Why don't you go work for Micron or Toshiba/ SanDisk and then go work for Silicon Motion or Phison and develop "The People's" SSD? Hmm?
  • LMonty - Friday, April 26, 2019 - link

    I read the review you linked and it actually recommended the SN500. Nowhere does the review state or even hint that consumers should stay away from it.

    "the drive placed last in every performance test we put it through, though the WD drives is of a smaller capacity than its comparables". Of course it would score lower. Apples to oranges.
  • GruntboyX - Monday, April 22, 2019 - link

    How is the latency on these drives? A system drive hardly ever does large File Transfers but ususually does a lot of random file access. Perhaps for a system drive its a good way to save some money without a significant performance penalty.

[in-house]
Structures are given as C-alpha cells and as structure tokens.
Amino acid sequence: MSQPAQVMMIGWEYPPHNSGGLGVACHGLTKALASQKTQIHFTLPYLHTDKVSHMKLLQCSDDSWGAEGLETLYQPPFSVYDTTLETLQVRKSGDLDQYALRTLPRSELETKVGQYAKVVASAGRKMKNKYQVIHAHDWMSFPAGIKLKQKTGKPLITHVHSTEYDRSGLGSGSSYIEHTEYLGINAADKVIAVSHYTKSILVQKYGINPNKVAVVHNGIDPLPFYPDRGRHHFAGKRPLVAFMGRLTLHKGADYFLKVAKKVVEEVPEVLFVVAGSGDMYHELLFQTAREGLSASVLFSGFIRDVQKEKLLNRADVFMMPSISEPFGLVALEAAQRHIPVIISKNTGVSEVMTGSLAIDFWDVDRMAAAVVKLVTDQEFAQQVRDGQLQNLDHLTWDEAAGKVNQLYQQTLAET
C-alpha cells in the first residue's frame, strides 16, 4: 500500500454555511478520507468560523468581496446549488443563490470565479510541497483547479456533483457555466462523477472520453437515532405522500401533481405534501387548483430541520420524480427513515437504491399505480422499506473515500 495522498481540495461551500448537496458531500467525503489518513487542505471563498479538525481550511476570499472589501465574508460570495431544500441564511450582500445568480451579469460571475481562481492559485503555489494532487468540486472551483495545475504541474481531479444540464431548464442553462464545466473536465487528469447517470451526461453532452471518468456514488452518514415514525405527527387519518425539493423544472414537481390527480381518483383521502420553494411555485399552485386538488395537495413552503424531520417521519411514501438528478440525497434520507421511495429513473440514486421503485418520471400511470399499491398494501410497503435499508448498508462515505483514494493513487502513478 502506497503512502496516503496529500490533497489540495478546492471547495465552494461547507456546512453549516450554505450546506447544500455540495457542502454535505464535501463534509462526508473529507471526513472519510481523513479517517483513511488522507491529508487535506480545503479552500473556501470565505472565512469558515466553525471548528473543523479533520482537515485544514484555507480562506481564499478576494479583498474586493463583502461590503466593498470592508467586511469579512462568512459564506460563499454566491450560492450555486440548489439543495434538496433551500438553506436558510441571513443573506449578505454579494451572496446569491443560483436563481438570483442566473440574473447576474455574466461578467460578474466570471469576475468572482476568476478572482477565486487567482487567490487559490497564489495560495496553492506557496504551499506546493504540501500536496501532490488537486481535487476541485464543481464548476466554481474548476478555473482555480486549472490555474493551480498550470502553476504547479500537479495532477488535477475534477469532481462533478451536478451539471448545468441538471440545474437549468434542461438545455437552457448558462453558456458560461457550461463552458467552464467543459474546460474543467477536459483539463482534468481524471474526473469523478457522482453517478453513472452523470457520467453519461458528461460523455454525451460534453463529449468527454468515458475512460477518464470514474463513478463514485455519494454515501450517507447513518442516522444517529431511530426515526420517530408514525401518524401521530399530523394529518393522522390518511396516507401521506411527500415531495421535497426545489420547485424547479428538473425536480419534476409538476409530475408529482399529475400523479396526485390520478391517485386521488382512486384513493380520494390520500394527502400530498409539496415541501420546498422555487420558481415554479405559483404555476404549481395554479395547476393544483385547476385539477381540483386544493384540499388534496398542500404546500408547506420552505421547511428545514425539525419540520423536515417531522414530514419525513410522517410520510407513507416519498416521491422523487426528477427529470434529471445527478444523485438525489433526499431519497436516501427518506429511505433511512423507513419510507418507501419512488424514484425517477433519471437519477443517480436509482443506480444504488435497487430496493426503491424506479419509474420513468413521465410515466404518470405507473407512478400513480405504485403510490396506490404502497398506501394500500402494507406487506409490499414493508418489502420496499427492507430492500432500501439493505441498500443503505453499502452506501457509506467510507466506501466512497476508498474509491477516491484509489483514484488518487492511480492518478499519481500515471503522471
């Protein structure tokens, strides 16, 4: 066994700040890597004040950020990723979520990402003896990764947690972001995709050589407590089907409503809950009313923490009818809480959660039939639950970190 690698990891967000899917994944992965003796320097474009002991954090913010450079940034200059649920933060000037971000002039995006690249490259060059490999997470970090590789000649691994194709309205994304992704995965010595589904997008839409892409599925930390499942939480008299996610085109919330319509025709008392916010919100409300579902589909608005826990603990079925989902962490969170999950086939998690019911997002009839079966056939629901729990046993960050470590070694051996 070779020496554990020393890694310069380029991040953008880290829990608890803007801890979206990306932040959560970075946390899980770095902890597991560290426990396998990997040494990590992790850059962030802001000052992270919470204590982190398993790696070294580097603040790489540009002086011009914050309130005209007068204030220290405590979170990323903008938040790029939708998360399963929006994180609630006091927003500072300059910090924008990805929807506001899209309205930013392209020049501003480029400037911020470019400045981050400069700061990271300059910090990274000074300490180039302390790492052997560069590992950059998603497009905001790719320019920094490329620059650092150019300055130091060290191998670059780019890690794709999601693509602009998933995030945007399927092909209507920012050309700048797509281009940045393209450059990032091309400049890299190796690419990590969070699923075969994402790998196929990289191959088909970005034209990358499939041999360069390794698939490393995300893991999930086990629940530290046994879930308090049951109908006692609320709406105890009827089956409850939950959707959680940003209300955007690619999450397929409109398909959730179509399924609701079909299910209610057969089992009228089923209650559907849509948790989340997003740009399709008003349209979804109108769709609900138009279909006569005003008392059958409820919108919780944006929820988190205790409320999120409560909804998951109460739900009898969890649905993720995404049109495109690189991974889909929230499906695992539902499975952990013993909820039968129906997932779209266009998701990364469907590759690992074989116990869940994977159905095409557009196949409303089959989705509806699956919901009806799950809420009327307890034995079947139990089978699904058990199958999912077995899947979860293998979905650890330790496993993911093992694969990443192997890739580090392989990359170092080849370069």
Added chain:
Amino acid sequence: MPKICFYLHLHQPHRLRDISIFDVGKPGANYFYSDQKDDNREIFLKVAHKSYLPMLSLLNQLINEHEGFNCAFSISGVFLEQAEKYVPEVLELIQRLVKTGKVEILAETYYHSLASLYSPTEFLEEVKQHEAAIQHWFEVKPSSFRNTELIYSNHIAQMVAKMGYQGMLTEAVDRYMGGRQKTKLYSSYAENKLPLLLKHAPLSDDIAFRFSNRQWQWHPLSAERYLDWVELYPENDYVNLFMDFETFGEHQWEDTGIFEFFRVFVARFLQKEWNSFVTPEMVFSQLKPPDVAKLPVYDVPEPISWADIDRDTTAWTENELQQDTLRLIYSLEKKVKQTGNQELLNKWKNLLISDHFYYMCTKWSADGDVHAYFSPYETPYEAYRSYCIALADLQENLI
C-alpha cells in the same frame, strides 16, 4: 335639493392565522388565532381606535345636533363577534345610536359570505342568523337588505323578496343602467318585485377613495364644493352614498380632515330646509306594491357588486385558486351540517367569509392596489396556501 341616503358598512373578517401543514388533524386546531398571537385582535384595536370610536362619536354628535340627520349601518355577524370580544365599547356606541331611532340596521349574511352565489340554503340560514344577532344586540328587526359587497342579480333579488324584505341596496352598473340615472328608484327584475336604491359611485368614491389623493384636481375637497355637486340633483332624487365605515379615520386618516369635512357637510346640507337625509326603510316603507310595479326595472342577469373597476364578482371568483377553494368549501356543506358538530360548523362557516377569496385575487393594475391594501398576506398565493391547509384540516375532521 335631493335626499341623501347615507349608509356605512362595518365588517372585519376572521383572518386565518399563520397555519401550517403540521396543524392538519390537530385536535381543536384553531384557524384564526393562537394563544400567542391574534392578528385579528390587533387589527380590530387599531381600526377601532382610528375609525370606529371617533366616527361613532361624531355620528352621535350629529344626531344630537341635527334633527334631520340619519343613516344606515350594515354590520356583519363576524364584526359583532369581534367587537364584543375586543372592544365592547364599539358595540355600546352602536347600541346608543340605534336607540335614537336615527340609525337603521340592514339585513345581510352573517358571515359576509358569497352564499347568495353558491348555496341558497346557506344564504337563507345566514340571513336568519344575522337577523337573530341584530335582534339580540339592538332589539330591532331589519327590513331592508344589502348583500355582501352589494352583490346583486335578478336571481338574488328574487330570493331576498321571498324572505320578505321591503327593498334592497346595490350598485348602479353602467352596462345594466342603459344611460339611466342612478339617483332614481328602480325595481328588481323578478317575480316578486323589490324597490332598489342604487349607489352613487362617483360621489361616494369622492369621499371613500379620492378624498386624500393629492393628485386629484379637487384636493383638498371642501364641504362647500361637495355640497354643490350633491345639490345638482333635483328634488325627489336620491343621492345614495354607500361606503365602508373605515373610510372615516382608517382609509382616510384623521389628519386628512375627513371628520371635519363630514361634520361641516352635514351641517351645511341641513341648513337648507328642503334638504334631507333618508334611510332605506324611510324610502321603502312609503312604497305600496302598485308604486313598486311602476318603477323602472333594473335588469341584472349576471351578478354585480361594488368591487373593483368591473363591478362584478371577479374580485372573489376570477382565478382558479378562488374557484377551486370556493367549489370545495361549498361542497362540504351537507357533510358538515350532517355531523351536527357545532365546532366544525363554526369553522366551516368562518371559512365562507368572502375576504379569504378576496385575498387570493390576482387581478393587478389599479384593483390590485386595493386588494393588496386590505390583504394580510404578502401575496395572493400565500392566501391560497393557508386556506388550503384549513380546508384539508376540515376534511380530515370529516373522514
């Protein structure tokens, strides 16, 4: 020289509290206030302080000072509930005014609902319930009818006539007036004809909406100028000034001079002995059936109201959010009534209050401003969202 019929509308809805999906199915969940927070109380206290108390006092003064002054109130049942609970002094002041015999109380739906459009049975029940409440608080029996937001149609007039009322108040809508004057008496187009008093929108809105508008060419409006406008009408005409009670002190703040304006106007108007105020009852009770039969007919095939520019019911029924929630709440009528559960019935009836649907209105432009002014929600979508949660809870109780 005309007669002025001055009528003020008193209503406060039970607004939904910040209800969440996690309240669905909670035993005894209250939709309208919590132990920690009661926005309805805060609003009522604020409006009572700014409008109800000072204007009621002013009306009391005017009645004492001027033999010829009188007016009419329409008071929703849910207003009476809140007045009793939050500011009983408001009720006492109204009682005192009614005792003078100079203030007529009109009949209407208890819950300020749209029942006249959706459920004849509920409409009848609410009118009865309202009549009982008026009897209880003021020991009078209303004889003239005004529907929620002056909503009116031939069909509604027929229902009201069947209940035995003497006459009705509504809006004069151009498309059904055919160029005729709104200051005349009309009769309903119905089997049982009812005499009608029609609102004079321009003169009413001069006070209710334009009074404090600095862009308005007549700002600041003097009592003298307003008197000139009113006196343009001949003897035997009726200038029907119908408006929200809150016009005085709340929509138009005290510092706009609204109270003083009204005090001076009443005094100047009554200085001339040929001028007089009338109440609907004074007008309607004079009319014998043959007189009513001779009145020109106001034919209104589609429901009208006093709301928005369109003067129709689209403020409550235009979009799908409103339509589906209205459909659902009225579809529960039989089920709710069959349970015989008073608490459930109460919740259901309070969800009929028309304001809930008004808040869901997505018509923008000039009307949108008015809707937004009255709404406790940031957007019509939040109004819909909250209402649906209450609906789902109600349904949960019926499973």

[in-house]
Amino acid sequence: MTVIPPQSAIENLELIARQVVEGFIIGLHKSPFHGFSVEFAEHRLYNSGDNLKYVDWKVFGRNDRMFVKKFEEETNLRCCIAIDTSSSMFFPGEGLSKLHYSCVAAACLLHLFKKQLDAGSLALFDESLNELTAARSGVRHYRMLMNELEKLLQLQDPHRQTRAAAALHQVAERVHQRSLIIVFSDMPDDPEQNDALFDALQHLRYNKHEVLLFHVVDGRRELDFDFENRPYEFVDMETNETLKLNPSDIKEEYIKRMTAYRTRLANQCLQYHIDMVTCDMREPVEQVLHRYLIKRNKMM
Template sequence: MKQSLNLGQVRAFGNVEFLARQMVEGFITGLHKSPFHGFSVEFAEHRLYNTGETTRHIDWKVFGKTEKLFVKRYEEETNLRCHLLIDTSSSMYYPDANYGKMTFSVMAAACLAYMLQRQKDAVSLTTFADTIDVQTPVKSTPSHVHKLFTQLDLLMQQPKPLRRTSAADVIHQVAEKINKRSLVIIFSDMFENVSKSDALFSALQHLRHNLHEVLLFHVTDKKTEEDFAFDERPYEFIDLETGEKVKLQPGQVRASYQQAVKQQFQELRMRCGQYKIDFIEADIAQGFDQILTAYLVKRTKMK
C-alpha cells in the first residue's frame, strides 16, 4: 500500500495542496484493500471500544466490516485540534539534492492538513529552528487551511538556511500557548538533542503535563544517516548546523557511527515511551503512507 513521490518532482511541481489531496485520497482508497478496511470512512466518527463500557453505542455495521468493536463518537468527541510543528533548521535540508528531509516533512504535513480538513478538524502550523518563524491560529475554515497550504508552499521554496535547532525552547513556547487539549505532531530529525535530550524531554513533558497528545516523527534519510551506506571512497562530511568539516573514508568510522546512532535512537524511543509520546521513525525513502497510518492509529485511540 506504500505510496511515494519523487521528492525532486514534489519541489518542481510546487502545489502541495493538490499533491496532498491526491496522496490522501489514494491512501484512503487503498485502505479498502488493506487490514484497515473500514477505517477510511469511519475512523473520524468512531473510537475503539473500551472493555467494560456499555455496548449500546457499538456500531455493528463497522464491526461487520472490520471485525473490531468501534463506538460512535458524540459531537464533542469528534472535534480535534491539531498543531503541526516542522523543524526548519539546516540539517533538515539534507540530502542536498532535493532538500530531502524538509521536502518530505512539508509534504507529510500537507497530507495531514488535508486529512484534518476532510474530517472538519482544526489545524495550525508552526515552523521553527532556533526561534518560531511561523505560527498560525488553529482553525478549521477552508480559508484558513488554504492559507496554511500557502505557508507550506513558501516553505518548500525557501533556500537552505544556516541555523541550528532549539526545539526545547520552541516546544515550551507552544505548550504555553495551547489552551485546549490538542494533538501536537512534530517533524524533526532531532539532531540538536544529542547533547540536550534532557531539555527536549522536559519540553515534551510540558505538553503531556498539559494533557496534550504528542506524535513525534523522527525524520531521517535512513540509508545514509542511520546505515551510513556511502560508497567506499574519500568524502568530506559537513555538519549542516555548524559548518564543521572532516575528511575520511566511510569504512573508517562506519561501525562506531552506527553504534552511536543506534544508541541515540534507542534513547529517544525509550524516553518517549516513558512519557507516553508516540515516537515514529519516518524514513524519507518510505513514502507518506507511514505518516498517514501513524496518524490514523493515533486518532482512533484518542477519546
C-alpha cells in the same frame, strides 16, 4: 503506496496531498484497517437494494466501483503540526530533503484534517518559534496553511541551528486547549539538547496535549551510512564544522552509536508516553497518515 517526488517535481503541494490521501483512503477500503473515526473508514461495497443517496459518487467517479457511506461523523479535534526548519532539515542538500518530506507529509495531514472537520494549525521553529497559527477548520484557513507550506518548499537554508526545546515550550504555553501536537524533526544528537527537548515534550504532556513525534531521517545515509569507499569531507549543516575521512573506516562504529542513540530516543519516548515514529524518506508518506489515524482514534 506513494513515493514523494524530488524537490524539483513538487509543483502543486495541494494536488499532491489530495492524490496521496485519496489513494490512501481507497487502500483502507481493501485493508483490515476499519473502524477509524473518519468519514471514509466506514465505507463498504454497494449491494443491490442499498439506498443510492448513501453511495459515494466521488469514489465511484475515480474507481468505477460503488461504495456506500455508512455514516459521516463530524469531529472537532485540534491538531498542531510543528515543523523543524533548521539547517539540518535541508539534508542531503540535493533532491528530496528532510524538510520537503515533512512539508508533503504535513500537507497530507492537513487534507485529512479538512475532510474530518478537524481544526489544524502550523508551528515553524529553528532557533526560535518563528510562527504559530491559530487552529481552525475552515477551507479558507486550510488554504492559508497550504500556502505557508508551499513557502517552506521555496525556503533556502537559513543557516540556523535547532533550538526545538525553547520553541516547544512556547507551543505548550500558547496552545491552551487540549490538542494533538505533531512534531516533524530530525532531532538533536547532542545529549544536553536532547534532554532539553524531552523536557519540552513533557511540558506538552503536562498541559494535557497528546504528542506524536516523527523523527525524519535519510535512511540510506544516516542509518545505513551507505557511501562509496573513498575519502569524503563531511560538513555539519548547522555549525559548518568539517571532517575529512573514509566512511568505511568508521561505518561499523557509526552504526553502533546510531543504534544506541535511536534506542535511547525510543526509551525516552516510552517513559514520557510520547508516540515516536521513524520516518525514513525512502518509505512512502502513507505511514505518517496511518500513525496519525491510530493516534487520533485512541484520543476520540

I know the Samsung EVO / PRO drives are the gold standard and for good reason. However if the diminishing returns are small enough perhaps its a good cost/performance tradeoff.

    ....or am I missing something?
  • DyneCorp - Monday, April 22, 2019 - link

    Samsung hasn't been the "gold standard" for several years now. SSDs utilizing Micron/ Intel NAND and Silicon Motion controllers have been on par or even outperformed Samsung SSDs. Even Intel's 660p can keep up (and even outperform) the 970 EVO in certain metrics, but SSDs utilizing Micron 64-layer and SM2262 are really what shine against Samsung (EX920 and SX8200).
  • evan.drake - Monday, April 22, 2019 - link

    Fueled by 3D NAND: https://www.wd.com/en-us/products/internal-ssd/wd-... #WDCemployee
  • Barry S - Tuesday, April 23, 2019 - link

    I found the BAPCo SYSmark 2018 Responsiveness test very interesting. It kind of puts things in perspective. Thanks for including it.